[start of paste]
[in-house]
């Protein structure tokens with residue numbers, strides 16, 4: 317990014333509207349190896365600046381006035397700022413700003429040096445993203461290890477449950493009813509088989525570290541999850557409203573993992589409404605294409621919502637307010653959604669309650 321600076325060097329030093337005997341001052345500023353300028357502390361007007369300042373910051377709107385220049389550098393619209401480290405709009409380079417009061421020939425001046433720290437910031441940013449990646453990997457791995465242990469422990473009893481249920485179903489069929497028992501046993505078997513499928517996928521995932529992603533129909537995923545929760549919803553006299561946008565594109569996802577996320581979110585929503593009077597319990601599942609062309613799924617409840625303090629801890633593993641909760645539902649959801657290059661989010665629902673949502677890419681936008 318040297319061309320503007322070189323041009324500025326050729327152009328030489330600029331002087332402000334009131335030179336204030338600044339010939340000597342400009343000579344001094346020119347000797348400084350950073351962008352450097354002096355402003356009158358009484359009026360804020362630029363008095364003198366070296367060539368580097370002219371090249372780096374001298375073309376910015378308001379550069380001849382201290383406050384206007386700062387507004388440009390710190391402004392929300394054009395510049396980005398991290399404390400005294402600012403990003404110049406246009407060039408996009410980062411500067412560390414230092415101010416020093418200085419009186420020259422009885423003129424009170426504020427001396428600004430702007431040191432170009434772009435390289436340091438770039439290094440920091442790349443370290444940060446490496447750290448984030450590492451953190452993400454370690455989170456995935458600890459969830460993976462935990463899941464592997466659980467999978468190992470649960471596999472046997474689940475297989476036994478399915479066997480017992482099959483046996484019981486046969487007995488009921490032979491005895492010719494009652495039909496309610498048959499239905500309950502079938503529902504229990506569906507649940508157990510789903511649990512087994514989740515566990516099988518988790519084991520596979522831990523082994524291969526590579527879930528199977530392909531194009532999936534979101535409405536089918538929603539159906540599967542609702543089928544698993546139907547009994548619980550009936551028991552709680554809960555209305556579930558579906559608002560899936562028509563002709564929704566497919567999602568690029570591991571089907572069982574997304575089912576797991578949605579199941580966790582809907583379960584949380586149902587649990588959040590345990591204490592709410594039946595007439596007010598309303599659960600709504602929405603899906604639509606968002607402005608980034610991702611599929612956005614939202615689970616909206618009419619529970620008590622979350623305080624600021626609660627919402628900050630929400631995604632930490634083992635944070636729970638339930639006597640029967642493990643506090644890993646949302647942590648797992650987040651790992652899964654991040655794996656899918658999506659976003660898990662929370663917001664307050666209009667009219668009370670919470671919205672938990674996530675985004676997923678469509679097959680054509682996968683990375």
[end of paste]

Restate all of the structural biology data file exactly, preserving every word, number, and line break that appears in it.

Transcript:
[in-house]
């Protein structure tokens with residue numbers, strides 16, 4: 317990014333509207349190896365600046381006035397700022413700003429040096445993203461290890477449950493009813509088989525570290541999850557409203573993992589409404605294409621919502637307010653959604669309650 321600076325060097329030093337005997341001052345500023353300028357502390361007007369300042373910051377709107385220049389550098393619209401480290405709009409380079417009061421020939425001046433720290437910031441940013449990646453990997457791995465242990469422990473009893481249920485179903489069929497028992501046993505078997513499928517996928521995932529992603533129909537995923545929760549919803553006299561946008565594109569996802577996320581979110585929503593009077597319990601599942609062309613799924617409840625303090629801890633593993641909760645539902649959801657290059661989010665629902673949502677890419681936008 318040297319061309320503007322070189323041009324500025326050729327152009328030489330600029331002087332402000334009131335030179336204030338600044339010939340000597342400009343000579344001094346020119347000797348400084350950073351962008352450097354002096355402003356009158358009484359009026360804020362630029363008095364003198366070296367060539368580097370002219371090249372780096374001298375073309376910015378308001379550069380001849382201290383406050384206007386700062387507004388440009390710190391402004392929300394054009395510049396980005398991290399404390400005294402600012403990003404110049406246009407060039408996009410980062411500067412560390414230092415101010416020093418200085419009186420020259422009885423003129424009170426504020427001396428600004430702007431040191432170009434772009435390289436340091438770039439290094440920091442790349443370290444940060446490496447750290448984030450590492451953190452993400454370690455989170456995935458600890459969830460993976462935990463899941464592997466659980467999978468190992470649960471596999472046997474689940475297989476036994478399915479066997480017992482099959483046996484019981486046969487007995488009921490032979491005895492010719494009652495039909496309610498048959499239905500309950502079938503529902504229990506569906507649940508157990510789903511649990512087994514989740515566990516099988518988790519084991520596979522831990523082994524291969526590579527879930528199977530392909531194009532999936534979101535409405536089918538929603539159906540599967542609702543089928544698993546139907547009994548619980550009936551028991552709680554809960555209305556579930558579906559608002560899936562028509563002709564929704566497919567999602568690029570591991571089907572069982574997304575089912576797991578949605579199941580966790582809907583379960584949380586149902587649990588959040590345990591204490592709410594039946595007439596007010598309303599659960600709504602929405603899906604639509606968002607402005608980034610991702611599929612956005614939202615689970616909206618009419619529970620008590622979350623305080624600021626609660627919402628900050630929400631995604632930490634083992635944070636729970638339930639006597640029967642493990643506090644890993646949302647942590648797992650987040651790992652899964654991040655794996656899918658999506659976003660898990662929370663917001664307050666209009667009219668009370670919470671919205672938990674996530675985004676997923678469509679097959680054509682996968683990375």